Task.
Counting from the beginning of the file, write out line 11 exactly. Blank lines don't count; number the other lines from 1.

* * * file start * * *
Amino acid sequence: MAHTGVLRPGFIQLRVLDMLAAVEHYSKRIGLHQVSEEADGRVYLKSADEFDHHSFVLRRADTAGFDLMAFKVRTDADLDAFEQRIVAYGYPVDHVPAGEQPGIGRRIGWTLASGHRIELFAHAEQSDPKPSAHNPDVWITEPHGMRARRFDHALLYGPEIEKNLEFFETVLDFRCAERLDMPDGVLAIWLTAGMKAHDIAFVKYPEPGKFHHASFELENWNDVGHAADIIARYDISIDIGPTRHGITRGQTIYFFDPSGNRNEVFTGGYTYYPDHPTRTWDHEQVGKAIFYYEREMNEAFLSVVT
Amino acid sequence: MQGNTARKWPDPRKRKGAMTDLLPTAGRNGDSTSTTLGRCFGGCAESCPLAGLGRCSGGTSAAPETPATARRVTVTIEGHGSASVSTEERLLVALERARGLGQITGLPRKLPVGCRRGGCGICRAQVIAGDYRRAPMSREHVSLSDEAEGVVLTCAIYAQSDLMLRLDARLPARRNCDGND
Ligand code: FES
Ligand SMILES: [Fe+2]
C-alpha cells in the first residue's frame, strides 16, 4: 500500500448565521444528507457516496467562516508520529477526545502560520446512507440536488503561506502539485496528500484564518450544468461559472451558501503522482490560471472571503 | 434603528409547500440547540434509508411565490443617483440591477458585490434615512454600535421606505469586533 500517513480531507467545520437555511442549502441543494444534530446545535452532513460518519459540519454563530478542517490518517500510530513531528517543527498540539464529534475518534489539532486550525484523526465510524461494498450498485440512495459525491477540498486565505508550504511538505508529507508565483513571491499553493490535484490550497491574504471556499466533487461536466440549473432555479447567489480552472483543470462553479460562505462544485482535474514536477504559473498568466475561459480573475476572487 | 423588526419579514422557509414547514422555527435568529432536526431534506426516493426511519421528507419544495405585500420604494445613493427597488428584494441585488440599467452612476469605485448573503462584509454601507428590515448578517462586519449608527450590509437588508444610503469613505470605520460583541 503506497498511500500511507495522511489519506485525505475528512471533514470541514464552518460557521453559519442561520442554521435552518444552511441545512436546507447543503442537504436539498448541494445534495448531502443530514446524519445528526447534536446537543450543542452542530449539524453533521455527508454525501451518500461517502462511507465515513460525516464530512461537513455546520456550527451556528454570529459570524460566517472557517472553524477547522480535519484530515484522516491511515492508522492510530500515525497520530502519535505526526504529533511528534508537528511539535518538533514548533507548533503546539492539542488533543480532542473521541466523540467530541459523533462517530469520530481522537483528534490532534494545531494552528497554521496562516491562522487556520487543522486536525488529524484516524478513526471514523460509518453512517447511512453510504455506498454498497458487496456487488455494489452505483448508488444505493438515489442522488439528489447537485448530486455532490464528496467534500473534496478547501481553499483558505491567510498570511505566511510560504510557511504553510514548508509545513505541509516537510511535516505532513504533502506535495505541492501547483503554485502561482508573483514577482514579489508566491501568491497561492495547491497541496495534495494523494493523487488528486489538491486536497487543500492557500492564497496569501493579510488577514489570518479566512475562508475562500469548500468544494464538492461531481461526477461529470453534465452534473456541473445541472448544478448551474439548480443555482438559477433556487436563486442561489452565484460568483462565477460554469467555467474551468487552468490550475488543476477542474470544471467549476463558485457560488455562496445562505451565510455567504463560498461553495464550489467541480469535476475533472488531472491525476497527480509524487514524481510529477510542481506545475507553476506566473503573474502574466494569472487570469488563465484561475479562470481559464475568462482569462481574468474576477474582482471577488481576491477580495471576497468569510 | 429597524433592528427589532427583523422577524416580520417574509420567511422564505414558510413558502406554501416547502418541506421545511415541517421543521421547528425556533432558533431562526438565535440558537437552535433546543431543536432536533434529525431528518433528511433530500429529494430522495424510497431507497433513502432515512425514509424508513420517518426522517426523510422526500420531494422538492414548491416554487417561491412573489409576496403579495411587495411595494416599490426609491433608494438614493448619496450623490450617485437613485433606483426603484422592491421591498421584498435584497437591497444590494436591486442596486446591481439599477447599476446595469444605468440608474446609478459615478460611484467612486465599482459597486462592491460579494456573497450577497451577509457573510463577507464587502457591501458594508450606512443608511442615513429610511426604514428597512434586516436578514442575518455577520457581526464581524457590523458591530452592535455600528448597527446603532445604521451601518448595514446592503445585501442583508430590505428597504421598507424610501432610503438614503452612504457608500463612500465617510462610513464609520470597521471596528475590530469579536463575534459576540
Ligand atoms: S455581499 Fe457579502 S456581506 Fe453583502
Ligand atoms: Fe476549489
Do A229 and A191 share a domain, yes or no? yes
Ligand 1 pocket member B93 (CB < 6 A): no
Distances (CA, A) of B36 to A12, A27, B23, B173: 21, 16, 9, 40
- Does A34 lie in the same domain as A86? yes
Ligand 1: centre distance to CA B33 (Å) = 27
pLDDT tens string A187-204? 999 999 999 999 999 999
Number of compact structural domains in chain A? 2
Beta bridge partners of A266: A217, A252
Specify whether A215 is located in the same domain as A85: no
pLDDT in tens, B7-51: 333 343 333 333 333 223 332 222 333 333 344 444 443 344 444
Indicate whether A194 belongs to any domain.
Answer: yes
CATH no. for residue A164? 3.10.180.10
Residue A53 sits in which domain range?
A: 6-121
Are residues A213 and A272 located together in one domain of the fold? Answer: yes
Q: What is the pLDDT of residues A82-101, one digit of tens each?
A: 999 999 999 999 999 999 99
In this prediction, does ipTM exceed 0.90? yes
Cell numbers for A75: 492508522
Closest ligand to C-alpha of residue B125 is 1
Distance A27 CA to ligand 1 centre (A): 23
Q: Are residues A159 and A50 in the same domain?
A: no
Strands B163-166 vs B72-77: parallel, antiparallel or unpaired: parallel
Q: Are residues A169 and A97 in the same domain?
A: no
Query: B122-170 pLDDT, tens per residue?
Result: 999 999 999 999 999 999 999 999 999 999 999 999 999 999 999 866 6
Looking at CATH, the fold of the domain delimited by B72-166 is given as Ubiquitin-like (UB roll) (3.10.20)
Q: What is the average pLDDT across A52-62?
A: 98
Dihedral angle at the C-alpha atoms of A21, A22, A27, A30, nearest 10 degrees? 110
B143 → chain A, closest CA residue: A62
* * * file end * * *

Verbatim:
- Does A34 lie in the same domain as A86? yes